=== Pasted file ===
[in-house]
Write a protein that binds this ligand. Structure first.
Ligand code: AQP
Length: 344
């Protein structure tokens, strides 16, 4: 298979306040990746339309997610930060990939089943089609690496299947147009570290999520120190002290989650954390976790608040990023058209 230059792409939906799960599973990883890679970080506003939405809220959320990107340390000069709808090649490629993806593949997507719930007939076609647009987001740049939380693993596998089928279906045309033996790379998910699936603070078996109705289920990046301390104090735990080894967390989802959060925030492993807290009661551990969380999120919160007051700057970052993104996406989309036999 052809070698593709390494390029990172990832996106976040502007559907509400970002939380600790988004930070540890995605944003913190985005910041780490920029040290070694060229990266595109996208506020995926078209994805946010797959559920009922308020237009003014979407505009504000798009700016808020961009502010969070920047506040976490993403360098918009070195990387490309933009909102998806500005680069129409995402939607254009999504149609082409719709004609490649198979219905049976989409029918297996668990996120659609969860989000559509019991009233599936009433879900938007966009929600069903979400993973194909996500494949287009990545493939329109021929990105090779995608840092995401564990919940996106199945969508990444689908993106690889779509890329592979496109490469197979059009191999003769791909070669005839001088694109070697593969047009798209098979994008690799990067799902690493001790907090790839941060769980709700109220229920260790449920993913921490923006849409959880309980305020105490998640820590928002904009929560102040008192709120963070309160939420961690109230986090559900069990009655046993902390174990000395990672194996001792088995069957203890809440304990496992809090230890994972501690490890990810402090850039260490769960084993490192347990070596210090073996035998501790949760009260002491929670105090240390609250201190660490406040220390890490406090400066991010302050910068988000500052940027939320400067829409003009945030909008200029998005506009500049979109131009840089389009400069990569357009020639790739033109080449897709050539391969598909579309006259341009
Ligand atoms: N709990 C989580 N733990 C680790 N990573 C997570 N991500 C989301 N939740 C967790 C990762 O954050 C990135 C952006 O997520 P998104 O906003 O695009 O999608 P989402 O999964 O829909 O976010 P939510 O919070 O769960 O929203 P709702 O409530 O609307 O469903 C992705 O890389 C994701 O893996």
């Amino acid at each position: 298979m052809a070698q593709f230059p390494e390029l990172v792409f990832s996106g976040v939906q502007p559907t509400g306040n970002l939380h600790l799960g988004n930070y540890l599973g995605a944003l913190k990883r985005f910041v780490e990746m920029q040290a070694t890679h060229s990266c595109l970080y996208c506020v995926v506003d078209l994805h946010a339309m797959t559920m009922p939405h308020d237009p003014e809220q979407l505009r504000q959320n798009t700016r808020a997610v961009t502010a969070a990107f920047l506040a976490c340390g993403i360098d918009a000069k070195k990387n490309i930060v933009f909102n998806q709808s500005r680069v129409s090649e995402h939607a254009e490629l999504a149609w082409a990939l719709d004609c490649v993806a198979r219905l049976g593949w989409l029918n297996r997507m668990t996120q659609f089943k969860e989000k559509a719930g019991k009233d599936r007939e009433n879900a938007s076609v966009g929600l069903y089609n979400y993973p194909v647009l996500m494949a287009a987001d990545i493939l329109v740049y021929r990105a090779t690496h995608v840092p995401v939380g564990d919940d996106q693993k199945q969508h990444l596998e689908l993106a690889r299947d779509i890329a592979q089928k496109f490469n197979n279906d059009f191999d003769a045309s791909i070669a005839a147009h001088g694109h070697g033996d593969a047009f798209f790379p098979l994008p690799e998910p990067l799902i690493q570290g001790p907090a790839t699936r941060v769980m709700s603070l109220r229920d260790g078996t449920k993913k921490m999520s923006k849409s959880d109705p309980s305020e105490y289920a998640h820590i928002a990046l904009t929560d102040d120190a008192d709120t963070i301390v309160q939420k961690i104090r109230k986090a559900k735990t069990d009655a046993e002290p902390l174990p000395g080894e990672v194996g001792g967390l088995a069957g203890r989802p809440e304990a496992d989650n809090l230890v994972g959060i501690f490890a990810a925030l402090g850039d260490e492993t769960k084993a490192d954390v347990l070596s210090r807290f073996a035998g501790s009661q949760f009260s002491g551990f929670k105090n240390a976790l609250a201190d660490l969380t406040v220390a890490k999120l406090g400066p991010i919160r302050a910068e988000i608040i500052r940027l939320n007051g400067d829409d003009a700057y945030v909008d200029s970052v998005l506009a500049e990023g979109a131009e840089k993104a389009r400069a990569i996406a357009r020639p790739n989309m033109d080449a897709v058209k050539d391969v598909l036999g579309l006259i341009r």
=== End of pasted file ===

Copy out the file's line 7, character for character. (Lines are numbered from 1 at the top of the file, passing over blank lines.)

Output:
């Amino acid at each position: 298979m052809a070698q593709f230059p390494e390029l990172v792409f990832s996106g976040v939906q502007p559907t509400g306040n970002l939380h600790l799960g988004n930070y540890l599973g995605a944003l913190k990883r985005f910041v780490e990746m920029q040290a070694t890679h060229s990266c595109l970080y996208c506020v995926v506003d078209l994805h946010a339309m797959t559920m009922p939405h308020d237009p003014e809220q979407l505009r504000q959320n798009t700016r808020a997610v961009t502010a969070a990107f920047l506040a976490c340390g993403i360098d918009a000069k070195k990387n490309i930060v933009f909102n998806q709808s500005r680069v129409s090649e995402h939607a254009e490629l999504a149609w082409a990939l719709d004609c490649v993806a198979r219905l049976g593949w989409l029918n297996r997507m668990t996120q659609f089943k969860e989000k559509a719930g019991k009233d599936r007939e009433n879900a938007s076609v966009g929600l069903y089609n979400y993973p194909v647009l996500m494949a287009a987001d990545i493939l329109v740049y021929r990105a090779t690496h995608v840092p995401v939380g564990d919940d996106q693993k199945q969508h990444l596998e689908l993106a690889r299947d779509i890329a592979q089928k496109f490469n197979n279906d059009f191999d003769a045309s791909i070669a005839a147009h001088g694109h070697g033996d593969a047009f798209f790379p098979l994008p690799e998910p990067l799902i690493q570290g001790p907090a790839t699936r941060v769980m709700s603070l109220r229920d260790g078996t449920k993913k921490m999520s923006k849409s959880d109705p309980s305020e105490y289920a998640h820590i928002a990046l904009t929560d102040d120190a008192d709120t963070i301390v309160q939420k961690i104090r109230k986090a559900k735990t069990d009655a046993e002290p902390l174990p000395g080894e990672v194996g001792g967390l088995a069957g203890r989802p809440e304990a496992d989650n809090l230890v994972g959060i501690f490890a990810a925030l402090g850039d260490e492993t769960k084993a490192d954390v347990l070596s210090r807290f073996a035998g501790s009661q949760f009260s002491g551990f929670k105090n240390a976790l609250a201190d660490l969380t406040v220390a890490k999120l406090g400066p991010i919160r302050a910068e988000i608040i500052r940027l939320n007051g400067d829409d003009a700057y945030v909008d200029s970052v998005l506009a500049e990023g979109a131009e840089k993104a389009r400069a990569i996406a357009r020639p790739n989309m033109d080449a897709v058209k050539d391969v598909l036999g579309l006259i341009r």